Ready for hibernation

12. Oktober 2023

Thanks to good insulation, powerful heating and heated drinking and wastewater tanks, heading out in the winter is not usually a problem for modern mobile homes. But many camping enthusiasts prefer to store their campers over the winter instead. Read on for our helpful hints on looking after your mobile home during the winter, so that you will be all ready to head out again in the spring for the new holiday season.


Find a roof for your camper

  • You could of course just park your mobile home on the road for the winter. But it’s much better to have a secure shelter for your vehicle. Renting a space indoors or at least parking it on your own car port will protect your mobile home better from ice and cold weather.

  • Keeping your handbrake on during the winter can cause it to rust solid. So, you should always leave the handbrake off, put your camper into first gear and also use wedges to stop it from rolling away.


A last autumn clean for your mobile home

  • Remove any food and leave the fridge door open.

  • Open all the lockers, doors and cupboards – this will ensure good ventilation.

  • If the mobile home is being kept in a clean and dry hangar, open the windows slightly for ventilation purposes. This will take the strain off the rubber seals during the winter.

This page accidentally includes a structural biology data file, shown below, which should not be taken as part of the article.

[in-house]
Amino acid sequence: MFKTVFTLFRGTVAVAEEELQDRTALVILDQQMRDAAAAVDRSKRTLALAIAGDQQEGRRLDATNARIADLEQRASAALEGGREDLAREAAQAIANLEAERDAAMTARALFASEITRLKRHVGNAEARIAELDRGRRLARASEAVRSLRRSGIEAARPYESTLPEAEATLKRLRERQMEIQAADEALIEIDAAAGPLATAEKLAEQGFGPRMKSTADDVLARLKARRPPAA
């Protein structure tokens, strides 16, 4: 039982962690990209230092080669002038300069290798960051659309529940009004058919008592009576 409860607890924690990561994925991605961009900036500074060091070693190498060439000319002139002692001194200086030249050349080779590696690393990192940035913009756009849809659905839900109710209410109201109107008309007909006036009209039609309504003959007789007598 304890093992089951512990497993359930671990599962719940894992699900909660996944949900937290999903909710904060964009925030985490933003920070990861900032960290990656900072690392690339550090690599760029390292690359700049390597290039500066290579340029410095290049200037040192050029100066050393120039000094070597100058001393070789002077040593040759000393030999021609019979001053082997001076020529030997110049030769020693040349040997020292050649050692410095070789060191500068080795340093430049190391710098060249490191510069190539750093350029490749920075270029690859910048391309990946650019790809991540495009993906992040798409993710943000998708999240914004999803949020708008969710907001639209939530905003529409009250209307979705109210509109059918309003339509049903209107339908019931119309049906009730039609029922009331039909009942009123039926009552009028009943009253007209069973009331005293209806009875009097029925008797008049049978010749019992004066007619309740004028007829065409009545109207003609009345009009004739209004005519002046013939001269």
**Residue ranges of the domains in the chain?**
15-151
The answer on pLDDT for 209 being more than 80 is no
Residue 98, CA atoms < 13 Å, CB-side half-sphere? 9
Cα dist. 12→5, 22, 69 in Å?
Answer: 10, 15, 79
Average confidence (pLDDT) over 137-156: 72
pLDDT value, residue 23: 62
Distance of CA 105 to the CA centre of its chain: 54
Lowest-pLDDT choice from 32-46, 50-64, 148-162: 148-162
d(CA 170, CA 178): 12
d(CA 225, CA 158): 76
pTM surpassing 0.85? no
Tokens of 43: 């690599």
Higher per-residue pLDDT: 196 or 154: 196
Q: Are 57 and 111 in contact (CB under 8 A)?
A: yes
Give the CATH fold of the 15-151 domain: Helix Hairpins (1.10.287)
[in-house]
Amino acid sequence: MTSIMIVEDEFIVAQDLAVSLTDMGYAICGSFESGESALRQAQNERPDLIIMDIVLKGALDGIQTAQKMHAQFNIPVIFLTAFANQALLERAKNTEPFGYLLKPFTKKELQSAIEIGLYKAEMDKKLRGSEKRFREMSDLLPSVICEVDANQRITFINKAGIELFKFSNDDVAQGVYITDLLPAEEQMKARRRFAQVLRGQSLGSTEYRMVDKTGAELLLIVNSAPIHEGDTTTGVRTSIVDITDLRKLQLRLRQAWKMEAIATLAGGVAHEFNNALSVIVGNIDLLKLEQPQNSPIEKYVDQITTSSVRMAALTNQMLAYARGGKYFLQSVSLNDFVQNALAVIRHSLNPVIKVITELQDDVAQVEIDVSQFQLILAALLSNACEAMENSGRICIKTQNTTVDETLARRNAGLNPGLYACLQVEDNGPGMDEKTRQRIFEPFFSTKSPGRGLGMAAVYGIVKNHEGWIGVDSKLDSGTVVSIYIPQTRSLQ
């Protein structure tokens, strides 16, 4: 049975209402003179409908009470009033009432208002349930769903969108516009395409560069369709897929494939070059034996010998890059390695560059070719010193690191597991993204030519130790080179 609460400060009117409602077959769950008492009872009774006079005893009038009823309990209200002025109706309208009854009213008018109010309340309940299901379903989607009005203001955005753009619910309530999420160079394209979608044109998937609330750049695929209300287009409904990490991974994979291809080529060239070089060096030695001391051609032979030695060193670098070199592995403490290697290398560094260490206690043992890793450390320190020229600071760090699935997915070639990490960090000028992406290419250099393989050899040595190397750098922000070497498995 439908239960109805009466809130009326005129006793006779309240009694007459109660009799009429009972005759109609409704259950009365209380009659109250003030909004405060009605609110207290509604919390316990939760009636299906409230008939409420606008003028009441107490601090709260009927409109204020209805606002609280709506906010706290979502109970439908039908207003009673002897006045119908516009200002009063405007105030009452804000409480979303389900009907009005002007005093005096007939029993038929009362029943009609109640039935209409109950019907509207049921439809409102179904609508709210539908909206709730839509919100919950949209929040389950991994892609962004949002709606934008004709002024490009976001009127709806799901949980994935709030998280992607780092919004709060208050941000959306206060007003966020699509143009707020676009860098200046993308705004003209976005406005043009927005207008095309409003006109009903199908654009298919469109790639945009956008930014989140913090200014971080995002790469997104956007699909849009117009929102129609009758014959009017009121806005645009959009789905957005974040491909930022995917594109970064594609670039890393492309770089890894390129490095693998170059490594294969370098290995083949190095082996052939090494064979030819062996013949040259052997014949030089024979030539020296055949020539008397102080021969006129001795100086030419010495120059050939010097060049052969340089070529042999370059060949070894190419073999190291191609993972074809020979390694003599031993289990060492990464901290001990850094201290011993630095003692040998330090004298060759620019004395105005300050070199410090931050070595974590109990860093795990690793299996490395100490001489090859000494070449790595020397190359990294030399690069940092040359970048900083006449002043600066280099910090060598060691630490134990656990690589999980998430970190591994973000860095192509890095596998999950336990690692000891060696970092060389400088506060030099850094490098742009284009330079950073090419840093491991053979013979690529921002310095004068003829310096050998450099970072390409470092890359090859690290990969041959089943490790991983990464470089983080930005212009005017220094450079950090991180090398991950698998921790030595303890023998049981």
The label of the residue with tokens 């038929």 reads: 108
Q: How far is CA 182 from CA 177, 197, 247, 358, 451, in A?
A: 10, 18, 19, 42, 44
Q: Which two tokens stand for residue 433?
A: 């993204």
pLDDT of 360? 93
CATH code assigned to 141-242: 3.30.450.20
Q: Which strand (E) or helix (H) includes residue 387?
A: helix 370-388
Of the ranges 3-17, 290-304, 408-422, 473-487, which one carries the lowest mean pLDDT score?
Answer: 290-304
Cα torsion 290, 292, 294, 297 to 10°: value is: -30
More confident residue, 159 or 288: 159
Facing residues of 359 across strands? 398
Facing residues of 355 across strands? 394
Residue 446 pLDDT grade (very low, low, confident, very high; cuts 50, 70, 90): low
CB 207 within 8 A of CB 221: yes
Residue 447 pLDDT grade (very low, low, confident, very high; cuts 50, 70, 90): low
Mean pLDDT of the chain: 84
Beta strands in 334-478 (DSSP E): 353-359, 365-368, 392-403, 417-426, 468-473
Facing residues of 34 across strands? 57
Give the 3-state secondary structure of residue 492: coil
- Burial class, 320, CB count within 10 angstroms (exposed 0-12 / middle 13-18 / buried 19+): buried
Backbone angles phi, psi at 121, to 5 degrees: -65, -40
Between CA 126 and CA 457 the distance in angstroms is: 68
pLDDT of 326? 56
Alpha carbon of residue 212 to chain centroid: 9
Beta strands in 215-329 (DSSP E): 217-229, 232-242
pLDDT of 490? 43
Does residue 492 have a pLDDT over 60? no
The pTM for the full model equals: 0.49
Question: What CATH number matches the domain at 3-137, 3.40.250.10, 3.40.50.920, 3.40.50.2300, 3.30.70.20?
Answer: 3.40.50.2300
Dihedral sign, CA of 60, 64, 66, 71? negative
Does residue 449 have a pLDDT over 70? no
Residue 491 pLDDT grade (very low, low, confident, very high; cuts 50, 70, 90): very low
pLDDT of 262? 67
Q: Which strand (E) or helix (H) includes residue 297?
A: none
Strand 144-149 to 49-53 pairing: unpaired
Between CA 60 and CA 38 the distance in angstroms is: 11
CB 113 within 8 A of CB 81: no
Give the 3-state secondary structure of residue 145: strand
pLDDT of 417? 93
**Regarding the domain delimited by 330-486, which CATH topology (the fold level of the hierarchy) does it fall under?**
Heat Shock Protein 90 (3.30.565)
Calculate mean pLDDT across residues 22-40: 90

• Put a dehumidifier in the middle of the vehicle. As the name suggests, this device will draw damp out of the air, preventing the build up of mould and stale air.

  • Don’t turn off the taps but leave them open at the mid-point between hot and cold. This will allow water to drain out of the hoses, preventing the build-up of germs.

  • Don’t use aggressive toilet cleaner! The same applies to any plastic surfaces in the “wet room”. Occasionally apply silicone spray to the slider – this will ensure that it doesn’t get stuck.


Pre-hibernation technical checks

  • All drinking water must be allowed to drain completely before the winter break. Otherwise, the frost protection valve will open at temperatures above +3 degrees, causing any residual water to run out onto the floor of the hangar or car port.

  • Manually open the frost protection valve, also known as the “frost guard”, first to drain the heating boiler in a controlled manner. The valve is located close to the heating.

  • Switch off the main switch or fuse for the drinking water pump.

  • Flush out the wastewater tank and leave it open once it has drained completely.

  • Close the gas bottle and then completely remove the hose.

  • Increase the tyre pressure by 0.5 bar to prevent flat spots caused by extended immobility.

  • Before hibernation: fill the fuel tank! In this way, less condensation will form in the tank: condensation mixes with diesel and can cause metal tanks to rust.

  • Check the windscreen washer and coolant systems: top up if required and don’t forget to add antifreeze!

  • Keep an eye on other fluids in the engine and top them up if need be. Engine oil (always observe the specifications and manufacturer’s instructions), brake fluid (if the level has gone down sharply, take it to a garage) and power steering oil.

  • Fully charge all batteries: the starter battery and leisure battery.